Women’s Auxiliary of the Massachusetts Civil medal
- Published: Nov 7, 2017, 4 AM
The Stack’s Bowers Baltimore sales are well-known for their offerings of more esoteric U.S. numismatic material and the November offering continues that tradition.
Among the most impressive lots in the Nov. 8 Numismatic Americana session is a large 125.6-millimeter 1905 Women’s Auxiliary of the Massachusetts Civil Service Reform Association bronze presentation medal by Frances Grimes and Augustus Saint-Gaudens graded MS-64 by NGC.
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The medal was long thought to be designed by Saint-Gaudens, who took the commission as a favor to his niece, an officer in the association, and executed with the assistance of Frances Grimes, who assisted the sculptor in his studio. It was viewed as a relative outlier among Saint-Gaudens medals, with a description of a comparable medal in the Johnson Museum of Art at Cornell University noting the differences when it wrote, “Saint-Gaudens executed this medal later in his life, and it has a classical simplicity, openness, and dignity that are very different from his earlier work in this format.”
Brockage or contact mark? Mike Diamond explains. Also in our Nov. 20 issue, a reader found a fascinating Barber dime that’s over a century old; John Wexler profiled what makes it different.
Recent research now favors it as a work of Grimes working under Saint-Gaudens.
The obverse depicts a standing female figure representing Justice holding the shield of state in her left hand, with her right holding the standard and scales of justice. The reverse depicts a pine branch wreath. Examples were made with a blank rectangular band for insertion of the medal recipient’s name.
The plaster model for the medal was cast by the Gorham Company in Providence, Rhode Island, and the edge of the offered bronze medal is marked GORHAM CO.
The medals were awarded to eighth grade students, rewarding their essays on Civil Service Reform. The present medal is engraved to Charles Holt Gould.
The description concludes, “A rare medal that is more difficult to find than its academic award nature might indicate, as it is collected by Saint-Gaudens, art medal and Massachusetts buffs alike; its rarity has been verified by price realizations as much as $10,000 for top quality pieces.”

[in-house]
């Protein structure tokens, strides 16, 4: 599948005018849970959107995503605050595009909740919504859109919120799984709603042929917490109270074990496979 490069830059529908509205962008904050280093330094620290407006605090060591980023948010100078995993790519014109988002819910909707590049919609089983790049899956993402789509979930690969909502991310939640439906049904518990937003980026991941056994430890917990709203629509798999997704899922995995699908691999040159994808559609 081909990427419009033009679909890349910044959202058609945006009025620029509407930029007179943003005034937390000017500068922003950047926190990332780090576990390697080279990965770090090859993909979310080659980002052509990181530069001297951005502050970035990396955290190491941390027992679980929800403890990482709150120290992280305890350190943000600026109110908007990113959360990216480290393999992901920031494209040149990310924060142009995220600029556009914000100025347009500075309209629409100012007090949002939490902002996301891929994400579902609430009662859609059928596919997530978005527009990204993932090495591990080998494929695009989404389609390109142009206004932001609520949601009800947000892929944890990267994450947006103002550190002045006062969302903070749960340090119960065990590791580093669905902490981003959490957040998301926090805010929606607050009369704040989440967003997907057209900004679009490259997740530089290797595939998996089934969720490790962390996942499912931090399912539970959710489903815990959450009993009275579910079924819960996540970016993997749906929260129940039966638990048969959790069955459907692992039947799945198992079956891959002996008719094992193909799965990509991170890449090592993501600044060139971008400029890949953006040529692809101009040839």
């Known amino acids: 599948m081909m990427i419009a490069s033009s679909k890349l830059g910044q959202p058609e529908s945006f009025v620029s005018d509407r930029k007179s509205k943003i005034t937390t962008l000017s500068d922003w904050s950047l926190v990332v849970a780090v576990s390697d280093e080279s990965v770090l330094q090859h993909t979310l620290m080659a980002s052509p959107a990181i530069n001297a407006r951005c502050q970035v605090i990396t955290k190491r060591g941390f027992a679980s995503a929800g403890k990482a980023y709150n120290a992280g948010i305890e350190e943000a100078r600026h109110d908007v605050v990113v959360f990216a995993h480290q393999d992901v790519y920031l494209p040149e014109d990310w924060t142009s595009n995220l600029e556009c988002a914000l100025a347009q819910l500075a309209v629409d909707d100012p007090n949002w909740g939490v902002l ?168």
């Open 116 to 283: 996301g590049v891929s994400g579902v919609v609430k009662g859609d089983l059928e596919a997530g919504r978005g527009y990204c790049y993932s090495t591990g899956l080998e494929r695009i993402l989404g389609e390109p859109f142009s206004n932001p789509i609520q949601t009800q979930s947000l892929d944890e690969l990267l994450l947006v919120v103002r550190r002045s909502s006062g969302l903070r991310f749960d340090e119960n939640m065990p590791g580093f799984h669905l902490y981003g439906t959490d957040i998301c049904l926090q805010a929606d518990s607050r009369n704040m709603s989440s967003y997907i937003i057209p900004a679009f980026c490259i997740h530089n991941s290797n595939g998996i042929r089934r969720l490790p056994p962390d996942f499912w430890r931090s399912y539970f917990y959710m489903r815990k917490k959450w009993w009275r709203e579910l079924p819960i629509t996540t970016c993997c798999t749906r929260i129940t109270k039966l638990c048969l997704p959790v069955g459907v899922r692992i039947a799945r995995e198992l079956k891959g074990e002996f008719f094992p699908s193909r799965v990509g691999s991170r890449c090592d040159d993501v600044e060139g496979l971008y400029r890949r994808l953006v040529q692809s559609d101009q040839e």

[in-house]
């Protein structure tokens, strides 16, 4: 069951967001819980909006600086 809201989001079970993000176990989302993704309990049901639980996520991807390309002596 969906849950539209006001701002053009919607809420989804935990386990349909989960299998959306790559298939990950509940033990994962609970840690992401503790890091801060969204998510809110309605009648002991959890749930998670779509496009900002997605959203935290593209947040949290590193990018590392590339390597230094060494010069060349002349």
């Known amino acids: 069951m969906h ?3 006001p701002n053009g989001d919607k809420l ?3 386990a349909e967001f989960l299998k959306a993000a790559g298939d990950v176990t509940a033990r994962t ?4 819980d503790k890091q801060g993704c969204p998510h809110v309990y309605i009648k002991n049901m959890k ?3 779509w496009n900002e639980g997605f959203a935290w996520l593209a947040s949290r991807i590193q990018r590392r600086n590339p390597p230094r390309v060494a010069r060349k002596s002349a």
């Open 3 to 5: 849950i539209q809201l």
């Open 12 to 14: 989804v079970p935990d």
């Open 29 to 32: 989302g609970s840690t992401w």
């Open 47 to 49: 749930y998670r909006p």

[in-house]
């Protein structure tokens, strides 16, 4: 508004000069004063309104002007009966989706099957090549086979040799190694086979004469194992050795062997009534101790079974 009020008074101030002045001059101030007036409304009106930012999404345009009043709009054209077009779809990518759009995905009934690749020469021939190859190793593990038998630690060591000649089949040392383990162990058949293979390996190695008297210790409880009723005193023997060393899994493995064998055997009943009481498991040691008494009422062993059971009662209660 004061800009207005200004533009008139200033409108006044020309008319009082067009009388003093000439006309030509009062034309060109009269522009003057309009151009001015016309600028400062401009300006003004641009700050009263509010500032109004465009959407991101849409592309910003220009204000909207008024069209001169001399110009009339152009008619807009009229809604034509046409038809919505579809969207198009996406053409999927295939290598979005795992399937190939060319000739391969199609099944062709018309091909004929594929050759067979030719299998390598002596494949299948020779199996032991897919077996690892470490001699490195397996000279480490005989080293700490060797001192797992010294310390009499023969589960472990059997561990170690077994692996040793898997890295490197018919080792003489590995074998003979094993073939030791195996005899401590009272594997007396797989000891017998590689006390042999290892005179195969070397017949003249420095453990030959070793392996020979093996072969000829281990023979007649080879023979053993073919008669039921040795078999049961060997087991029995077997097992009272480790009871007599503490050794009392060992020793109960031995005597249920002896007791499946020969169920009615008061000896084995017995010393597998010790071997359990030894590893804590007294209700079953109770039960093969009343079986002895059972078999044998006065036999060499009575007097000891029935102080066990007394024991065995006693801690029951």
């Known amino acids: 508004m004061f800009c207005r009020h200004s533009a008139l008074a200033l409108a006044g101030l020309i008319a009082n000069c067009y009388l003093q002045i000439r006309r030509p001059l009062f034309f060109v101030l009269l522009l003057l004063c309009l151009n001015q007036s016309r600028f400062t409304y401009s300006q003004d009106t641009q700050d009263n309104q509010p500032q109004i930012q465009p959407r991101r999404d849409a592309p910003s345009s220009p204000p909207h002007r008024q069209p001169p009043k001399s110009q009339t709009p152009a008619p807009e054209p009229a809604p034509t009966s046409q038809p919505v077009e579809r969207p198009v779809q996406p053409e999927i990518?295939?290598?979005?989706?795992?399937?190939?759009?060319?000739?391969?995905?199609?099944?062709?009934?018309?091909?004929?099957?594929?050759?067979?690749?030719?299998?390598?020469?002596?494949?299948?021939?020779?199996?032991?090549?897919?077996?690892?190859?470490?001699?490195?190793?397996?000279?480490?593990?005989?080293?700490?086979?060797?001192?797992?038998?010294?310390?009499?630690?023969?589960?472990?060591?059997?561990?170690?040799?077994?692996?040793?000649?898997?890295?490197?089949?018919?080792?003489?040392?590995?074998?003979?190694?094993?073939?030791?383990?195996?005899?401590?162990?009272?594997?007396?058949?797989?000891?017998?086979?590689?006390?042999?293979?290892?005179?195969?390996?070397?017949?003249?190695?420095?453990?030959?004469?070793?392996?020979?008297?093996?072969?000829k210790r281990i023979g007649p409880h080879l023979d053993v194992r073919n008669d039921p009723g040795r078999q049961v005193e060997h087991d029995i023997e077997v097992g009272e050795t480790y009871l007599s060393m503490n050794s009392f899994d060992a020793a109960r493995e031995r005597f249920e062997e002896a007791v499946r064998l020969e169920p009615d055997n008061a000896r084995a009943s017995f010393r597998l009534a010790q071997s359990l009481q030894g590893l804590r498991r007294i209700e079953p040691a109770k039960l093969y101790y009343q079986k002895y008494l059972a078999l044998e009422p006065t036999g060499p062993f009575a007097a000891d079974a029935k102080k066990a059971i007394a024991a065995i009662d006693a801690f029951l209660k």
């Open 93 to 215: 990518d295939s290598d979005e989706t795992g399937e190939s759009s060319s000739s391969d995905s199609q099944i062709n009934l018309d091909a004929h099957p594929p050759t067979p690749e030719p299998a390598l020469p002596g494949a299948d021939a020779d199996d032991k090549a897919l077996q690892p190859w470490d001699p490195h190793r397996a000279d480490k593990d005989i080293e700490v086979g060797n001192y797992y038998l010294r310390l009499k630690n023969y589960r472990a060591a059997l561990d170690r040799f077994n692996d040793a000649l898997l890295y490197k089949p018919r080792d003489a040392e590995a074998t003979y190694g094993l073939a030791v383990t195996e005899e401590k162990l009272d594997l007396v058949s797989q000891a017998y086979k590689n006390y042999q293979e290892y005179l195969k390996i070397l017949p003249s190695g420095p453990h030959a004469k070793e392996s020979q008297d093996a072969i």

Among the offerings in the sale that were donated by Stanley De Forest Scott, with proceeds designated to benefit the American Numismatic Society’s campaign to endow its executive director position, is a bronze 59-millimeter undated Washington Letter to Hamilton medal by John Adams Bolen. The circa 1864 medal is graded MS-63 red and brown by NGC.
The obverse depicts Washington’s profile looking left. The reverse contains text of a 1792 letter from George Washington to Alexander Hamilton, stating: “I hope, that liberal allowance will be made, for the political opinions of each other. Without these I do not see how the Reins of Government are to be managed, or how the Union of the States can be much longer preserved.”
It is among Bolen’s largest and most accomplished works. The description explains, “Among the most well known of Bolen’s medals, this piece has long been considered an essential entry into specialized collections of George Washington medals, in addition. It is arguably one of the finest products within this specialty from the Civil War era, a period in which collecting such pieces was fevered.” The popular medal was struck in various metals including silver, copper and white metal.
This one has a provenance that dates back to June 1882 when it sold at S.H. & H. Chapman’s sale of the Bushnell Collection and then went to T. Harrison Garrett, where Bowers and Ruddy offered it at its March 1981 Garrett Collection sale.
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